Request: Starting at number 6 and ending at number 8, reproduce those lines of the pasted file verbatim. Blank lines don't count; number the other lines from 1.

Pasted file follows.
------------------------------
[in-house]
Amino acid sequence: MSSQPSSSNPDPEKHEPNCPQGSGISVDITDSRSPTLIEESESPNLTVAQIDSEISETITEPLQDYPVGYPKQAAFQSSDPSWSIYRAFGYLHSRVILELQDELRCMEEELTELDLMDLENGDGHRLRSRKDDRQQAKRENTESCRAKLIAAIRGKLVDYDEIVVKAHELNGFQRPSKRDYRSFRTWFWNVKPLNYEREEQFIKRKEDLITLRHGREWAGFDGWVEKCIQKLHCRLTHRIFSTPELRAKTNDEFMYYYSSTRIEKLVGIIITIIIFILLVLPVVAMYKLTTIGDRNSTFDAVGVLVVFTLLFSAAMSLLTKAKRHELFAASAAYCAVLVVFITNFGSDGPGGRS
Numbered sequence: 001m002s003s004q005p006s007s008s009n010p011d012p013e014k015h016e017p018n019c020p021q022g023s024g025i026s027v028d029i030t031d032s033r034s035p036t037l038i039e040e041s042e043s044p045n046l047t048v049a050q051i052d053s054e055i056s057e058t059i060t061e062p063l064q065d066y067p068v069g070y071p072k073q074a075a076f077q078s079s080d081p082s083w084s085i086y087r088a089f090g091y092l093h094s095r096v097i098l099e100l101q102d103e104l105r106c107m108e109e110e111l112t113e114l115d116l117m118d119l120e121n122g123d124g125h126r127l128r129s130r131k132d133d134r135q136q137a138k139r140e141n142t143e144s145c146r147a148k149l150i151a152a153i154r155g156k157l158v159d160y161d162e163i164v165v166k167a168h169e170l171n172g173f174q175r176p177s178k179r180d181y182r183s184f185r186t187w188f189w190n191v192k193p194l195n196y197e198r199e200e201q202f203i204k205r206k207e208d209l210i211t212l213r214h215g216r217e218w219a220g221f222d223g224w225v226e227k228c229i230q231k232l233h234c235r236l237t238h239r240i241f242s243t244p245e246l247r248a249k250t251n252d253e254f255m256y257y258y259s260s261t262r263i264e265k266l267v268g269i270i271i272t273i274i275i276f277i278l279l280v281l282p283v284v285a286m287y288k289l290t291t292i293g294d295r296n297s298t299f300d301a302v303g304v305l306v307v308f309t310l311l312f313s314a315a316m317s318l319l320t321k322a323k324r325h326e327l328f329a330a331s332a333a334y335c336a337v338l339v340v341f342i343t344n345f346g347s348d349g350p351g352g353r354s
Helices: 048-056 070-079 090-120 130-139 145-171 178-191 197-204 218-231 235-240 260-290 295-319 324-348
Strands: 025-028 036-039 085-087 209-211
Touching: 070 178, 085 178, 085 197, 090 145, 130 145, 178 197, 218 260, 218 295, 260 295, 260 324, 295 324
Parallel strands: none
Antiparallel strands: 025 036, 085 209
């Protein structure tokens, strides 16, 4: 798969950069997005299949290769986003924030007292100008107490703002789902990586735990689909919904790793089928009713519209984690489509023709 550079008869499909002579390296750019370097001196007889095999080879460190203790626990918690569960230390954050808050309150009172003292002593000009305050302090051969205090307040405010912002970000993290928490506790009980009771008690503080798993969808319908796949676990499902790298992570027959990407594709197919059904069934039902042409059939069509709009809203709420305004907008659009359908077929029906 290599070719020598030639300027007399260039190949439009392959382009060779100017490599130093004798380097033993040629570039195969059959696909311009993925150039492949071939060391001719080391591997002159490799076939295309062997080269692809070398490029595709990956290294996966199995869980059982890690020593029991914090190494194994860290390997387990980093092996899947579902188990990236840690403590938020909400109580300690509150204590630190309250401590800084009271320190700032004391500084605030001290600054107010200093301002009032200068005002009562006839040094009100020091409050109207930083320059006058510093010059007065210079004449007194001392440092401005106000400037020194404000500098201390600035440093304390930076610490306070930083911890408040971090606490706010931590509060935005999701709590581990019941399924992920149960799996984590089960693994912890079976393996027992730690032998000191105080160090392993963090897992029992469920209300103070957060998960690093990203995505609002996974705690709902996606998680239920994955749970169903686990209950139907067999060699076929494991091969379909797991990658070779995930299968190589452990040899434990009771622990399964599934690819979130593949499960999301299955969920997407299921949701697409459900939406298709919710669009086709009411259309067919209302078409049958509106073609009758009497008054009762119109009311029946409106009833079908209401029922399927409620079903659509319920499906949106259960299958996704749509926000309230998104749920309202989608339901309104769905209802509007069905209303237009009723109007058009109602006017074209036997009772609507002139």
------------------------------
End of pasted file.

Touching: 070 178, 085 178, 085 197, 090 145, 130 145, 178 197, 218 260, 218 295, 260 295, 260 324, 295 324
Parallel strands: none
Antiparallel strands: 025 036, 085 209